“…Arlington bridge can be a showpiece for tourists and locals alike. But once again, we’re going for the low-hanging fruit; we’re looking backwards rather than forwards,” Stremmel said.
The pedestrian spans
Two narrow wooden pedestrian bridges also cross the Truckee at Wingfield Park, but they aren’t part of the Arlington replacement project. In addition, RTC officials said coordinating city park improvements with the bridge construction isn’t feasible.
“The City of Reno asked us to look at redoing the park and what kind of impact that would have,” Tortelli said. “…Park improvements would be great, but we probably wanted to get the bridge done first and have the city do park improvements after the fact.”
She noted that the agency spent 18 months on a feasibility study for the bridges alone, but there’s been no planning or outreach done for redoing the park. “That public engagement has to happen before moving forward and that has to be done on the city side,” she said.
Tortelli said the agency looks at all forms of transportation, not just motor vehicles. The bridge project, she said, will include plans for “wider sidewalks, maintaining bike lanes, upgrading transit abilities in and around the park and pedestrian paths under the bridge to make them more accessible.”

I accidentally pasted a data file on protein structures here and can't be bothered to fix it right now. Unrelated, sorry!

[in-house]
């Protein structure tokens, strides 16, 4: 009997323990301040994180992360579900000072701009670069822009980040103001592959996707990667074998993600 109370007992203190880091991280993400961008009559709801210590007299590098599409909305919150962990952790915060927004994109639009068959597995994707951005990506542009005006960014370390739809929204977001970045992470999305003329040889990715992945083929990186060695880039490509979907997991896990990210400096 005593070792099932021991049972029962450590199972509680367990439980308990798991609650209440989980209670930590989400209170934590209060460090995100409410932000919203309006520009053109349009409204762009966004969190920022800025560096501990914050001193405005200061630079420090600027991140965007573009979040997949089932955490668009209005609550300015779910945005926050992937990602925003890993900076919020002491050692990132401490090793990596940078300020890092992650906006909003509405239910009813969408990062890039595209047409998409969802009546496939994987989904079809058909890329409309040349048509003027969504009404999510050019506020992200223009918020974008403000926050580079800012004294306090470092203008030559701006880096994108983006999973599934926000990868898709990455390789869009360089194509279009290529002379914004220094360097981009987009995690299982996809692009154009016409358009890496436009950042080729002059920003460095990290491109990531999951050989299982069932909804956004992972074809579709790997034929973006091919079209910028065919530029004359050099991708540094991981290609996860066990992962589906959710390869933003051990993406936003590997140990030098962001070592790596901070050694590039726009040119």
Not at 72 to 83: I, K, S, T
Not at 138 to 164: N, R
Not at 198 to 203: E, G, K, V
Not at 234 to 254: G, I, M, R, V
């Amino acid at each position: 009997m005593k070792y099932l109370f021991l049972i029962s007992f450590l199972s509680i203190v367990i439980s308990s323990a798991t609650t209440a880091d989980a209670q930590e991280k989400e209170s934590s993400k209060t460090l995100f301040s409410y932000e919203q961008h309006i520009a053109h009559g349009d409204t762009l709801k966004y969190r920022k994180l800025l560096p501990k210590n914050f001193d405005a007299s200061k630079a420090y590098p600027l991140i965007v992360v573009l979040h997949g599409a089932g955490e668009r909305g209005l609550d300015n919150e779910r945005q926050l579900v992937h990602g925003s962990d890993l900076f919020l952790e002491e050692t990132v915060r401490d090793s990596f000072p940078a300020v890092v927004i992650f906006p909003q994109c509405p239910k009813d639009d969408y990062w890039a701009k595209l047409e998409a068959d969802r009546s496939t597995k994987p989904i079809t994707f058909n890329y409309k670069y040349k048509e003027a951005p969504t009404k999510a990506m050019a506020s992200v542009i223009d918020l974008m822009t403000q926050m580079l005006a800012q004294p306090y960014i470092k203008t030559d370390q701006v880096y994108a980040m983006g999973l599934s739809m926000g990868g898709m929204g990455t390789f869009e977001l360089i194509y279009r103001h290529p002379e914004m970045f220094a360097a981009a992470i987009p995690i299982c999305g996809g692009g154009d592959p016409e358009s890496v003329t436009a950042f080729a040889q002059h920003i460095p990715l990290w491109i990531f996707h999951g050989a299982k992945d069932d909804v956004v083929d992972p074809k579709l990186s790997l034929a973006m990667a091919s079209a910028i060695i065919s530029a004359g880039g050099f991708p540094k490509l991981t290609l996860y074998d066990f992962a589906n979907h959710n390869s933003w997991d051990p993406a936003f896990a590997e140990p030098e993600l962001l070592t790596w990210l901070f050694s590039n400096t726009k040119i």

‘Refreshing’ Wingfield Park
Reno Councilwoman Jenny Brekhus said the bridge project should include upgrades to the two pedestrian bridges because those qualify as transportation improvements.
“It’s within bounds of the RTC to include the pedestrian bridges in and out of Wingfield,” she said. “Right now they are made up of splintered wood planks. I think that needs to be part of the scope.” In addition, she said, the city needs to refresh Wingfield Park.
“We need to see where we are with resources to do that.” RTC will stay in its lane in rebuilding the concrete bridge, Brekhus said, but the city should push for pedestrian-bridge improvements to be included in the project. Some park improvements also could be done at the same time as the bridge work, she said, but that depends on the availability of funds and being able to plan those improvements in a relatively short timeframe..